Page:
new-york

Dominique Gonzalez-Foerster

Dia at the Hispanic Society

More than futuristic imaginings or dystopian scenarios, what works of science fiction valuably convey to their readers is an acute awareness of materialist contingency. With sci-fi, at its best, everything from civilization to subjectivity is deeply vulnerable to changes (whether natural or man-made) in the greater environment, and therefore as susceptible to erosion or extinction as any common mineral or diminutive life-form. Even words and ideas—the very substance of culture, the science-fiction writer will suggest—are just another part of the organic world. The notion of psychogeography, in other words, should be taken literally. As William S. Burroughs famously observed of his own craft, stripping discourse of any transcendental significance and instead rendering it a mutable, living thing (for which humanity, in a further inversion of values, is but a host): “Language is a virus.”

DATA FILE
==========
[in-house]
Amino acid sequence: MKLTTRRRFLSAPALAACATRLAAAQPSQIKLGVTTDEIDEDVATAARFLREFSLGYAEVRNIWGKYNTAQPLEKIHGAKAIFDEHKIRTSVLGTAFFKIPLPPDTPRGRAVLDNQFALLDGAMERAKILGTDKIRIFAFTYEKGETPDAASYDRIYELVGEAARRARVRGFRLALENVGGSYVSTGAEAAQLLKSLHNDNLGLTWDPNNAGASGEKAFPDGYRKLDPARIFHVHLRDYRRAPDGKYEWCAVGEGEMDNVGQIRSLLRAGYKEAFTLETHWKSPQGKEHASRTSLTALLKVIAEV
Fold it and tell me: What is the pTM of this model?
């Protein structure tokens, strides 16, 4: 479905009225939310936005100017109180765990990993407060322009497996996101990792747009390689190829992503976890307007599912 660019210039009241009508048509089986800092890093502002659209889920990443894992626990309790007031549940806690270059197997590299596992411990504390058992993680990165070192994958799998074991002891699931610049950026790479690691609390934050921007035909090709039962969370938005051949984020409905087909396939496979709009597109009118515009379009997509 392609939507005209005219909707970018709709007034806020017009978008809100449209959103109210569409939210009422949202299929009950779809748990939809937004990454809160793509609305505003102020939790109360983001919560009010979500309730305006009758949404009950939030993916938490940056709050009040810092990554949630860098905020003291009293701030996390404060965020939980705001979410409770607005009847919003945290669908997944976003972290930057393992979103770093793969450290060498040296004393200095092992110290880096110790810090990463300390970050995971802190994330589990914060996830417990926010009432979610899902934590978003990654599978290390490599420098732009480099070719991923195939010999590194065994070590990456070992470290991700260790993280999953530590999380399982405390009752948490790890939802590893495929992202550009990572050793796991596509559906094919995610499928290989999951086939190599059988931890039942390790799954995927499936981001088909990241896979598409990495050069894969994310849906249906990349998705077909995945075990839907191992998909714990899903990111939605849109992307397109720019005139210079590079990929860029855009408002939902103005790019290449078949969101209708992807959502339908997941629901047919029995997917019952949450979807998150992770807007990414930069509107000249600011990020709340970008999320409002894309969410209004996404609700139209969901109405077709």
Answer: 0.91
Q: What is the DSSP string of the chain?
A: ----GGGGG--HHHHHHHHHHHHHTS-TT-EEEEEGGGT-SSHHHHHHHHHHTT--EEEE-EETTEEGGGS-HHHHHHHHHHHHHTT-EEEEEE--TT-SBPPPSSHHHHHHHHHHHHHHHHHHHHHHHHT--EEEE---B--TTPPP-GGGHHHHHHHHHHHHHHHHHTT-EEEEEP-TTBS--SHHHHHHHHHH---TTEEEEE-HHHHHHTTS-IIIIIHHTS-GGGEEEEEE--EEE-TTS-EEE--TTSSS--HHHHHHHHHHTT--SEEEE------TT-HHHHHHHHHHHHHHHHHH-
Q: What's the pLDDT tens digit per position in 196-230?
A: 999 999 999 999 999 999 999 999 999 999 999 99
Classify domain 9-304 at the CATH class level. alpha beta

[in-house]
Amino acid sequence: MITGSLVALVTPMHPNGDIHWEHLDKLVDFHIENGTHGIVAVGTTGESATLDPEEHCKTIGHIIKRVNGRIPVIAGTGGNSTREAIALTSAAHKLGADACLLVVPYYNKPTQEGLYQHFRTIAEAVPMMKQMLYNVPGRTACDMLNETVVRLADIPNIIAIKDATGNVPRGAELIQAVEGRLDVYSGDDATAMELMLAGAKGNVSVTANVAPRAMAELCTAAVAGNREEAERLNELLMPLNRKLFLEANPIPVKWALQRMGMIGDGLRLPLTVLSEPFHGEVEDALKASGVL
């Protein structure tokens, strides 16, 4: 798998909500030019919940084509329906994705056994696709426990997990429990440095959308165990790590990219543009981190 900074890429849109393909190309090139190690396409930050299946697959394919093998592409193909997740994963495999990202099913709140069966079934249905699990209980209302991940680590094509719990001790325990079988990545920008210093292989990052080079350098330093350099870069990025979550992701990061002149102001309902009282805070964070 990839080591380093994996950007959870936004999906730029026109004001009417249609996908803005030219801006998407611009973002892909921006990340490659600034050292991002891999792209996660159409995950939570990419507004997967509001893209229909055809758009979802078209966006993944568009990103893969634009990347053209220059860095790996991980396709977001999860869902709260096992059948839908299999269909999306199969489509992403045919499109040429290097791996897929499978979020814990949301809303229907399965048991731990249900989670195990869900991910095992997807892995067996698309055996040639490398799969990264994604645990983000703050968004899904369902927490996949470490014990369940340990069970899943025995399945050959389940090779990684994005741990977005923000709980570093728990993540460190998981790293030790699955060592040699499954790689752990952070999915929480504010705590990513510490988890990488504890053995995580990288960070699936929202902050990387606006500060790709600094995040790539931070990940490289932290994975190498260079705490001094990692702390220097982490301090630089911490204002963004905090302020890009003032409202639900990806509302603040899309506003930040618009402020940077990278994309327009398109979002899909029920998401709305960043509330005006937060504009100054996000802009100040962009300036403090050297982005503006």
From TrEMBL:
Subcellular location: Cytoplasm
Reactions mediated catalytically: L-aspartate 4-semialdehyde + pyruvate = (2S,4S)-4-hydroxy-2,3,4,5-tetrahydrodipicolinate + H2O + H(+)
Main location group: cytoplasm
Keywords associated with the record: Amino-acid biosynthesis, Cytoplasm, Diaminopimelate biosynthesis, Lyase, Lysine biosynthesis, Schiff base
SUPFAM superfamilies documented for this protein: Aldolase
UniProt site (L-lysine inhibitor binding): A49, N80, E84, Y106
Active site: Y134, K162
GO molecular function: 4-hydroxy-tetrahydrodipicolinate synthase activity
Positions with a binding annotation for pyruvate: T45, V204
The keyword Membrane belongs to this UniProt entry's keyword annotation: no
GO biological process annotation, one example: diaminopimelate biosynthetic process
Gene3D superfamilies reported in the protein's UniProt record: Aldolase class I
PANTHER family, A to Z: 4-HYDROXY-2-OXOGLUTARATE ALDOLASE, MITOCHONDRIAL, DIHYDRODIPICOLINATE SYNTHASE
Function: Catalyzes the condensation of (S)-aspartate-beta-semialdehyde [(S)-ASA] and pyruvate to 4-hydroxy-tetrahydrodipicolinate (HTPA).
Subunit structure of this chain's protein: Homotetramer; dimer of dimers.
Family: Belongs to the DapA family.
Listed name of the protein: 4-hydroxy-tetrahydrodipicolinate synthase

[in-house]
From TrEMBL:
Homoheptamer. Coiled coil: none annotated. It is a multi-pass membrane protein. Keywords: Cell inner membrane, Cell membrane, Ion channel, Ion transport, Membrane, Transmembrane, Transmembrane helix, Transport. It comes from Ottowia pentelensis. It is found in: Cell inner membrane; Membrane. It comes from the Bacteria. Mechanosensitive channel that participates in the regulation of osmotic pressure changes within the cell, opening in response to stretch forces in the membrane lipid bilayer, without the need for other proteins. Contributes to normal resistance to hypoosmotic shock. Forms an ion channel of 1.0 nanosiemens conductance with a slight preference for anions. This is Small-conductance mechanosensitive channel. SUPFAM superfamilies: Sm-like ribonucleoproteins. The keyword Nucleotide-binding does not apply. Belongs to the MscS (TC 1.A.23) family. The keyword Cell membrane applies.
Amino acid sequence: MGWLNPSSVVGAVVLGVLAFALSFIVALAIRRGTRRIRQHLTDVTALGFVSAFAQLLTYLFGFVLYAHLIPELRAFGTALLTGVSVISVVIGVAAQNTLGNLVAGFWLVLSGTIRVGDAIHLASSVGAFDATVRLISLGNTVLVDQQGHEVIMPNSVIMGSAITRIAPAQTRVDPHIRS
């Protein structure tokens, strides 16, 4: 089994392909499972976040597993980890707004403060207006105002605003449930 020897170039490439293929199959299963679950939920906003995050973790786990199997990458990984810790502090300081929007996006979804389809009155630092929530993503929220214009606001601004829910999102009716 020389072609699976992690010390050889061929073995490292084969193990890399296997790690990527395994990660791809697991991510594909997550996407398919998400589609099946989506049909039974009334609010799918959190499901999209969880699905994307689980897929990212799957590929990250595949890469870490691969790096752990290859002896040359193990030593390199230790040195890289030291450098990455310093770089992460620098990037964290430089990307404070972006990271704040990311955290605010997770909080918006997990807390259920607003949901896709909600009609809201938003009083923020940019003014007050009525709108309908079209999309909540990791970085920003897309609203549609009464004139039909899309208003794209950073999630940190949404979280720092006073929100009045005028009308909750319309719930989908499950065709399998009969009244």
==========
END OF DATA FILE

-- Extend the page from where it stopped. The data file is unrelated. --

One

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